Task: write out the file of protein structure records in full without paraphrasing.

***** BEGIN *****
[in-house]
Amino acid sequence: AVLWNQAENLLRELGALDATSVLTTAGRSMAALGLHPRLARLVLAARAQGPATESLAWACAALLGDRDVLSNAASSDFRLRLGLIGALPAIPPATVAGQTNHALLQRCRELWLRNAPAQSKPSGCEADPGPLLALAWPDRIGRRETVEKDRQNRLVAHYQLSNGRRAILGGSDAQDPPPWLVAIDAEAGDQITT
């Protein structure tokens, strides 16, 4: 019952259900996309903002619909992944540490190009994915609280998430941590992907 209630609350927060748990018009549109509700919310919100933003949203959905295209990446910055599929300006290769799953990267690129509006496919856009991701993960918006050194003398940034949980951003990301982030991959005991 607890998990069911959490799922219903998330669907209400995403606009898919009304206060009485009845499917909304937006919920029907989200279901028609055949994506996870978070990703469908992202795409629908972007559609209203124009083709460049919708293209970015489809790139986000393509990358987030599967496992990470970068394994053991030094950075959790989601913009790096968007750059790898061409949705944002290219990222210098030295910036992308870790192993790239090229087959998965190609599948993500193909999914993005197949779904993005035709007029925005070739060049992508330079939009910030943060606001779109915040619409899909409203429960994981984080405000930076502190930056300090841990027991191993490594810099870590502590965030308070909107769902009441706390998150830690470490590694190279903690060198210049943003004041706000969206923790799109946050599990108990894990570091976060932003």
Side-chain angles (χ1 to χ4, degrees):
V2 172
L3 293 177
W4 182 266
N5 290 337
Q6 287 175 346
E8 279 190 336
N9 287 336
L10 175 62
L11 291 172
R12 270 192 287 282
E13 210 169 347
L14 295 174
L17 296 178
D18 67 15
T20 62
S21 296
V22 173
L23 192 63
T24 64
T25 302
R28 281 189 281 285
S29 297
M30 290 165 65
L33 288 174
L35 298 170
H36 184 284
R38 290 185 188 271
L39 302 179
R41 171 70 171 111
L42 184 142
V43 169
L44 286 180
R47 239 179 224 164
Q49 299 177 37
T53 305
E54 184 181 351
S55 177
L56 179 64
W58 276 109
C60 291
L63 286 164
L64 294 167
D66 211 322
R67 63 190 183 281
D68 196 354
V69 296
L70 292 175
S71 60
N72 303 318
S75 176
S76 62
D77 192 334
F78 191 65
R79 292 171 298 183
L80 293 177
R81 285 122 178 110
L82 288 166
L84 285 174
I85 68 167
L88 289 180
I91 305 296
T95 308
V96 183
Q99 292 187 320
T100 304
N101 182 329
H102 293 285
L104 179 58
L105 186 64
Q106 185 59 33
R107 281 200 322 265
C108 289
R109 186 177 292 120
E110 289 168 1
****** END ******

[in-house]
Amino acid sequence: AVLWNQAENLLRELGALDATSVLTTAGRSMAALGLHPRLARLVLAARAQGPATESLAWACAALLGDRDVLSNAASSDFRLRLGLIGALPAIPPATVAGQTNHALLQRCRELWLRNAPAQSKPSGCEADPGPLLALAWPDRIGRRETVEKDRQNRLVAHYQLSNGRRAILGGSDAQDPPPWLVAIDAEAGDQITT
């Protein structure tokens, strides 16, 4: 019952259900996309903002619909992944540490190009994915609280998430941590992907 209630609350927060748990018009549109509700919310919100933003949203959905295209990446910055599929300006290769799953990267690129509006496919856009991701993960918006050194003398940034949980951003990301982030991959005991 607890998990069911959490799922219903998330669907209400995403606009898919009304206060009485009845499917909304937006919920029907989200279901028609055949994506996870978070990703469908992202795409629908972007559609209203124009083709460049919708293209970015489809790139986000393509990358987030599967496992990470970068394994053991030094950075959790989601913009790096968007750059790898061409949705944002290219990222210098030295910036992308870790192993790239090229087959998965190609599948993500193909999914993005197949779904993005035709007029925005070739060049992508330079939009910030943060606001779109915040619409899909409203429960994981984080405000930076502190930056300090841990027991191993490594810099870590502590965030308070909107769902009441706390998150830690470490590694190279903690060198210049943003004041706000969206923790799109946050599990108990894990570091976060932003």
Side-chain angles (χ1 to χ4, degrees):
V2 172
L3 293 177
W4 182 266
N5 290 337
Q6 287 175 346
E8 279 190 336
N9 287 336
L10 175 62
L11 291 172
R12 270 192 287 282
E13 210 169 347
L14 295 174
L17 296 178
D18 67 15
T20 62
S21 296
V22 173
L23 192 63
T24 64
T25 302
R28 281 189 281 285
S29 297
M30 290 165 65
L33 288 174
L35 298 170
H36 184 284
R38 290 185 188 271
L39 302 179
R41 171 70 171 111
L42 184 142
V43 169
L44 286 180
R47 239 179 224 164
Q49 299 177 37
T53 305
E54 184 181 351
S55 177
L56 179 64
W58 276 109
C60 291
L63 286 164
L64 294 167
D66 211 322
R67 63 190 183 281
D68 196 354
V69 296
L70 292 175
S71 60
N72 303 318
S75 176
S76 62
D77 192 334
F78 191 65
R79 292 171 298 183
L80 293 177
R81 285 122 178 110
L82 288 166
L84 285 174
I85 68 167
L88 289 180
I91 305 296
T95 308
V96 183
Q99 292 187 320
T100 304
N101 182 329
H102 293 285
L104 179 58
L105 186 64
Q106 185 59 33
R107 281 200 322 265
C108 289
R109 186 177 292 120
E110 289 168 1